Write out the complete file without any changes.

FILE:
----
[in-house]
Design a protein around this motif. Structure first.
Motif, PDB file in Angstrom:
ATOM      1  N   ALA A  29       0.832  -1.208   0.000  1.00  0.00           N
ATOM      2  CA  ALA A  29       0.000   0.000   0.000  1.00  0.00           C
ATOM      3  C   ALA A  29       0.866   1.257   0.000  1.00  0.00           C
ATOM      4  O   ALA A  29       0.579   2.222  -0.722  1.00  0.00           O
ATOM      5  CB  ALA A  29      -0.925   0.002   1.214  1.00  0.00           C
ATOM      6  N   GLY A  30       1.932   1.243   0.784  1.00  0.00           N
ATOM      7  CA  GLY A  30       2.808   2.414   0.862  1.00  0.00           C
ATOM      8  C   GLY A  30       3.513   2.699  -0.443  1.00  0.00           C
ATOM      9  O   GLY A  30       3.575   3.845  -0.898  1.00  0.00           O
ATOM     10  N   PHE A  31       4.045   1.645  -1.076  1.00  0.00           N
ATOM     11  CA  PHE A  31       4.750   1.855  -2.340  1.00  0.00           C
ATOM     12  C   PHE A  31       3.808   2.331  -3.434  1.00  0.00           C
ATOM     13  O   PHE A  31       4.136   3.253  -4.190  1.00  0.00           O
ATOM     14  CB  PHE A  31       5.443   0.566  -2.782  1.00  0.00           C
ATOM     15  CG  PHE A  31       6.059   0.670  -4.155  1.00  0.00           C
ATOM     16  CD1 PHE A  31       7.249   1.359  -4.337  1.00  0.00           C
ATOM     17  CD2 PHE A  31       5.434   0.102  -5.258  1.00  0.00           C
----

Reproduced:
[in-house]
Design a protein around this motif. Structure first.
Motif, PDB file in Angstrom:
ATOM      1  N   ALA A  29       0.832  -1.208   0.000  1.00  0.00           N
ATOM      2  CA  ALA A  29       0.000   0.000   0.000  1.00  0.00           C
ATOM      3  C   ALA A  29       0.866   1.257   0.000  1.00  0.00           C
ATOM      4  O   ALA A  29       0.579   2.222  -0.722  1.00  0.00           O
ATOM      5  CB  ALA A  29      -0.925   0.002   1.214  1.00  0.00           C
ATOM      6  N   GLY A  30       1.932   1.243   0.784  1.00  0.00           N
ATOM      7  CA  GLY A  30       2.808   2.414   0.862  1.00  0.00           C
ATOM      8  C   GLY A  30       3.513   2.699  -0.443  1.00  0.00           C
ATOM      9  O   GLY A  30       3.575   3.845  -0.898  1.00  0.00           O
ATOM     10  N   PHE A  31       4.045   1.645  -1.076  1.00  0.00           N
ATOM     11  CA  PHE A  31       4.750   1.855  -2.340  1.00  0.00           C
ATOM     12  C   PHE A  31       3.808   2.331  -3.434  1.00  0.00           C
ATOM     13  O   PHE A  31       4.136   3.253  -4.190  1.00  0.00           O
ATOM     14  CB  PHE A  31       5.443   0.566  -2.782  1.00  0.00           C
ATOM     15  CG  PHE A  31       6.059   0.670  -4.155  1.00  0.00           C
ATOM     16  CD1 PHE A  31       7.249   1.359  -4.337  1.00  0.00           C
ATOM     17  CD2 PHE A  31       5.434   0.102  -5.258  1.00  0.00           C